The Citizenship and Immigration Service (USCIS) allows you to replace the Green Card under multiple circumstances.
Permanent residence is the immigration status that allows immigrants to live and work legally in the United States, and later be eligible to apply for US citizenship. Getting a Green Card usually requires a sponsor, which can be an employer or an immediate family member. Another way to obtain it is through the diversity visa lottery, drawn by the Department of State (DOS).
Once an immigrant becomes a permanent resident, their Green Card is valid for ten years. Therefore, after its expiration date, it is necessary to request a replacement. In this sense, the most common reason to replace the Green Card is if it has expired or will expire within the next six months.
However, USCIS provides various reasons why it is possible to replace the Green Card. For example:
- In case of theft, loss, mutilation or destruction;
- Cases in which the bearer received his residency before the age of 14 and has now completed it;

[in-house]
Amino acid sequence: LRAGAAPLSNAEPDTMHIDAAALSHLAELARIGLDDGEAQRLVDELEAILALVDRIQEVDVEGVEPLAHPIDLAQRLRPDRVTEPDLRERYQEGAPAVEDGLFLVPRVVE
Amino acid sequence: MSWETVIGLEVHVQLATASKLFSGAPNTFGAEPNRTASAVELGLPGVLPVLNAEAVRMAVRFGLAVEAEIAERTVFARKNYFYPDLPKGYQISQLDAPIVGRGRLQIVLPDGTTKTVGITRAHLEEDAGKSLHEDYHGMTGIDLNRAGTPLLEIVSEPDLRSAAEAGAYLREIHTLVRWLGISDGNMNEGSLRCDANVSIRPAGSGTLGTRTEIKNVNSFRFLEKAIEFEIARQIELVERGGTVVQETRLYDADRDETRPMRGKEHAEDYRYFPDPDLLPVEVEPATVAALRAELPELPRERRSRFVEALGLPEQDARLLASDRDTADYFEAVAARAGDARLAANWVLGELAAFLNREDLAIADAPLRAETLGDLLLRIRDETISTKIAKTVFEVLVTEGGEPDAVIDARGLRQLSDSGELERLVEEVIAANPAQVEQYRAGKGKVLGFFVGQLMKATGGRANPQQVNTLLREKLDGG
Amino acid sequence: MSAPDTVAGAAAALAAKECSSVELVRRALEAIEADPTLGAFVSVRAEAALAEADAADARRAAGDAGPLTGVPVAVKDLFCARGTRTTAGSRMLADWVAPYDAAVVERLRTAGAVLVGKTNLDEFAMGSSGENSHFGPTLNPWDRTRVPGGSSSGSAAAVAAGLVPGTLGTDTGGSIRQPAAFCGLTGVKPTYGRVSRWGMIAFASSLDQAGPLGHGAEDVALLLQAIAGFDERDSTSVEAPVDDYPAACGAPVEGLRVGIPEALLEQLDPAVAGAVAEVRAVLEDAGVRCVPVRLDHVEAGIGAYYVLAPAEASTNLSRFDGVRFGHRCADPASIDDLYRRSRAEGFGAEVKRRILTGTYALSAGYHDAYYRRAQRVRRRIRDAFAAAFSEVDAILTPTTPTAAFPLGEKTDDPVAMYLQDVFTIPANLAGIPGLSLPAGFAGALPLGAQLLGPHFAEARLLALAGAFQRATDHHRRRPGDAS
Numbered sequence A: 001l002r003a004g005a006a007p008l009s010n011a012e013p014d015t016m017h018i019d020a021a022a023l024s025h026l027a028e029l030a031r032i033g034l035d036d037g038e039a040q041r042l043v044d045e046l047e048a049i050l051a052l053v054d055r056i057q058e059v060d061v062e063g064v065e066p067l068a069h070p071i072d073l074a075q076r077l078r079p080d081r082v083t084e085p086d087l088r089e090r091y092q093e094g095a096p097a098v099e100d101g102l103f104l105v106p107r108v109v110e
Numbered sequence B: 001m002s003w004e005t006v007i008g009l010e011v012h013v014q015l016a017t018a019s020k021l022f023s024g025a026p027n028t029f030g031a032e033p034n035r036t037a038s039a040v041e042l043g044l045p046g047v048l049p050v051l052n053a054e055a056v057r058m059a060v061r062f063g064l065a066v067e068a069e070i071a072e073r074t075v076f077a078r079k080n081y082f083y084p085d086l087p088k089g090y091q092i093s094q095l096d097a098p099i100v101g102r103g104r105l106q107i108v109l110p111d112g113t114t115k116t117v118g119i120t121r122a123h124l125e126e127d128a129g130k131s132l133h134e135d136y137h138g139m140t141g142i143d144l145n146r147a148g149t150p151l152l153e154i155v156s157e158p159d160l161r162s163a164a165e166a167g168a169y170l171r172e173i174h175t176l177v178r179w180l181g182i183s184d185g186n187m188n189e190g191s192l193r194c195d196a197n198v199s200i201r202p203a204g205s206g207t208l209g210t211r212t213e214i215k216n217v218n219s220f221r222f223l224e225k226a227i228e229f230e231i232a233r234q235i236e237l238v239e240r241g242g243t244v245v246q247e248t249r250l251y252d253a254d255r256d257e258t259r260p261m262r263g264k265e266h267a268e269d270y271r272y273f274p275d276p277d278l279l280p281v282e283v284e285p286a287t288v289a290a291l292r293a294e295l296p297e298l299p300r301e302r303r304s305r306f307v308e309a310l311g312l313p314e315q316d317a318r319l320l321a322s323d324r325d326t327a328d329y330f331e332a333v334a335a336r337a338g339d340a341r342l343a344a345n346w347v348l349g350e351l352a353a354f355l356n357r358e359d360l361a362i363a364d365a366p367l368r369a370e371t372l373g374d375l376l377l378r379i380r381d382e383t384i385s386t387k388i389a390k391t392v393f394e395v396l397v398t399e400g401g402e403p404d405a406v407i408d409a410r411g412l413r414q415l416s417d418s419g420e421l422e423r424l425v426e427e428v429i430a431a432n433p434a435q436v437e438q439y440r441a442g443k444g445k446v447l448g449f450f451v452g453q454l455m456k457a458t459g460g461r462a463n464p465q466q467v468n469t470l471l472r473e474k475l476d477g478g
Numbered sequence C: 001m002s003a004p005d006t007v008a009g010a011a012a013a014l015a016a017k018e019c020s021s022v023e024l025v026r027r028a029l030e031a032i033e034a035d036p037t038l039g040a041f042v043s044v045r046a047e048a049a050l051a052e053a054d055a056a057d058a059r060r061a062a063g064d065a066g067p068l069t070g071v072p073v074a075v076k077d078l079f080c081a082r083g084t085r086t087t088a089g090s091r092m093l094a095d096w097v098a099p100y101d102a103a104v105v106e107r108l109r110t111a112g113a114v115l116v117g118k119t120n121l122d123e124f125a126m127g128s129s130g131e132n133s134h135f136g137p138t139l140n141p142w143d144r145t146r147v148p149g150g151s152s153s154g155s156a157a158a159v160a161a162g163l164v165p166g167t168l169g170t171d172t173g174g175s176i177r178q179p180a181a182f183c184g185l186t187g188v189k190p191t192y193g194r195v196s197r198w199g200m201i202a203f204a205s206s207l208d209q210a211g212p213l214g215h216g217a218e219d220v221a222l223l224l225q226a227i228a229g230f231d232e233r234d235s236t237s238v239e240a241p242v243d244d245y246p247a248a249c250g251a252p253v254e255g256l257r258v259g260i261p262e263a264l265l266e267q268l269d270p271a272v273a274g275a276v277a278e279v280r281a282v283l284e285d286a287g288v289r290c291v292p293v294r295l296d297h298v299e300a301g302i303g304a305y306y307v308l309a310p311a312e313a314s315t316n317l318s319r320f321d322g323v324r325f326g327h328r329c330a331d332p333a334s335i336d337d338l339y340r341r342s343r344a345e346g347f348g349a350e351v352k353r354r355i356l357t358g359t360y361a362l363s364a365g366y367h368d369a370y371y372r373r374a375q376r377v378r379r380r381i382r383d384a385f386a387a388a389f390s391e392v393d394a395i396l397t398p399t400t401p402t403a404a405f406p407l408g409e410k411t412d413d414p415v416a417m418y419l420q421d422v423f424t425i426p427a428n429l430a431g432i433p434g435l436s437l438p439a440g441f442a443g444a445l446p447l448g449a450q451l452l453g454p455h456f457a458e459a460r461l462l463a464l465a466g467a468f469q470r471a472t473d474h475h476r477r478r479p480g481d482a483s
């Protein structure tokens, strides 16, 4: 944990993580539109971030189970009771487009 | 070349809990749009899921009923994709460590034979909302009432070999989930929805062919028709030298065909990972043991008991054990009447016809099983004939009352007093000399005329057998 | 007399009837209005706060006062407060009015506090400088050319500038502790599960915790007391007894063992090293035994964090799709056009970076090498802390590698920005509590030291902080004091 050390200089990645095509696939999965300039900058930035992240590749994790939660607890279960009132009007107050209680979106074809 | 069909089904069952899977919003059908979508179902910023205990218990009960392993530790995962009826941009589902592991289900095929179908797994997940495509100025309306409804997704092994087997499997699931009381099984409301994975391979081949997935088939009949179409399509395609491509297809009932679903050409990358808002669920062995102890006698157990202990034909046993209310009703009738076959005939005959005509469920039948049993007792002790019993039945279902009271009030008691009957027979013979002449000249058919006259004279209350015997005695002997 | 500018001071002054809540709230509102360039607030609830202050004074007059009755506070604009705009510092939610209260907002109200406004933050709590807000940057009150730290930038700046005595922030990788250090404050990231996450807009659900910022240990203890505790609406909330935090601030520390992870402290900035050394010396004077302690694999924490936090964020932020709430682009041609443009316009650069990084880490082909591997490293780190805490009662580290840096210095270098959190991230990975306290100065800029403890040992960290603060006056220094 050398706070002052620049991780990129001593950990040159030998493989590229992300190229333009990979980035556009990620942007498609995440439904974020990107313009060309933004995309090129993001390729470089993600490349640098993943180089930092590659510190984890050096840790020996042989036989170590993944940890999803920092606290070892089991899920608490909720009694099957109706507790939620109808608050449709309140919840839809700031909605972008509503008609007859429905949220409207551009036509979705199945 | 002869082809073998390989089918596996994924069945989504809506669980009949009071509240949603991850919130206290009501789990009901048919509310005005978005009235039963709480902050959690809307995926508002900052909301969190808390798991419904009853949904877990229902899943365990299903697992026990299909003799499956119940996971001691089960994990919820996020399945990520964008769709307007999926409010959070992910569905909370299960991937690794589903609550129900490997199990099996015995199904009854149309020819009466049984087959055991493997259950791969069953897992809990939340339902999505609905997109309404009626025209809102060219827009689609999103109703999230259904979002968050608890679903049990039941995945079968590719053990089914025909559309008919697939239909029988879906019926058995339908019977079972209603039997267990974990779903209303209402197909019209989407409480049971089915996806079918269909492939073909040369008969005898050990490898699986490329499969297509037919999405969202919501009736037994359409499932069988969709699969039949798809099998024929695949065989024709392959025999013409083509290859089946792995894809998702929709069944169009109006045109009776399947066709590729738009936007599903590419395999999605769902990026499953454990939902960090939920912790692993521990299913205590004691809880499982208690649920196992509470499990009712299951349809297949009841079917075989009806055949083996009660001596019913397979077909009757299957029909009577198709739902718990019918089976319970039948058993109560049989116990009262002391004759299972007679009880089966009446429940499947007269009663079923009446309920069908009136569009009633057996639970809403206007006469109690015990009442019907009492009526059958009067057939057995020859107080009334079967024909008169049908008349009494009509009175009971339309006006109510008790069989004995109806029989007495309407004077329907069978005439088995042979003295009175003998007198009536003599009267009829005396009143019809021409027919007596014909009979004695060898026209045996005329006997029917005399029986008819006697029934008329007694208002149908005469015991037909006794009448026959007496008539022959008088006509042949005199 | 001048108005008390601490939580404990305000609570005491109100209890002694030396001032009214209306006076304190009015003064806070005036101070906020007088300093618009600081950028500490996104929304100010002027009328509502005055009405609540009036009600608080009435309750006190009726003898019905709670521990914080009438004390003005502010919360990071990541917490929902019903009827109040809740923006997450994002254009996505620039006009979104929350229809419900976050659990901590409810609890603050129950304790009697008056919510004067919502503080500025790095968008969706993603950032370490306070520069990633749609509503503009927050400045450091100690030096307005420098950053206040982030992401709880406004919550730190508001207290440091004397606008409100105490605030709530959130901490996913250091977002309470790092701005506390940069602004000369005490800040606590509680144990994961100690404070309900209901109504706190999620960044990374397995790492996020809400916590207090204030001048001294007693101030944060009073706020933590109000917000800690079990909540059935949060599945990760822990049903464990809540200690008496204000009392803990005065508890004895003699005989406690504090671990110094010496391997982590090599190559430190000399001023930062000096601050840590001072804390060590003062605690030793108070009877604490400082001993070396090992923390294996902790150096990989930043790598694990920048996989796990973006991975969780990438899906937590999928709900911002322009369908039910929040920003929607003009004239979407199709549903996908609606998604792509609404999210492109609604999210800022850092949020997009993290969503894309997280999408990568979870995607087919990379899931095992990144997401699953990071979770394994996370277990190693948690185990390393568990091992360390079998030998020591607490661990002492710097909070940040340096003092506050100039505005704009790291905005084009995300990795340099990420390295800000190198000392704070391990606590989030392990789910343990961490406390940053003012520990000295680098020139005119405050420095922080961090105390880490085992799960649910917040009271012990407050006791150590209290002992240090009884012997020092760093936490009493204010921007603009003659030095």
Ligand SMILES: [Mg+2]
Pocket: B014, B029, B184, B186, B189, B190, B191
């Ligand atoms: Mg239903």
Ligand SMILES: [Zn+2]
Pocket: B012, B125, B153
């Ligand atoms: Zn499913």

- The holder had commuter status or traveler status, and now resumes his residence in the United States and vice versa;
- You have an older version and you need to update it;
- The Green Card contains incorrect information;
- In cases of legal changes of name or other biographical information;
To begin the replacement process, it is necessary to file the I-90 Application to Replace Permanent Resident Card (Green Card), which can be submitted online or by mail. USCIS suggests doing it online, as it is easier to track the progress of the application processing: https://myaccount.uscis. gov/
Upon approval of the application, the Green Card will be mailed with the updated information and the new effective date. As long as the resident does not have their new card, the Form I-90 receipt notice can be used along with the expired card as proof of lawful permanent residence. Therefore, residents continue to be authorized to work and travel.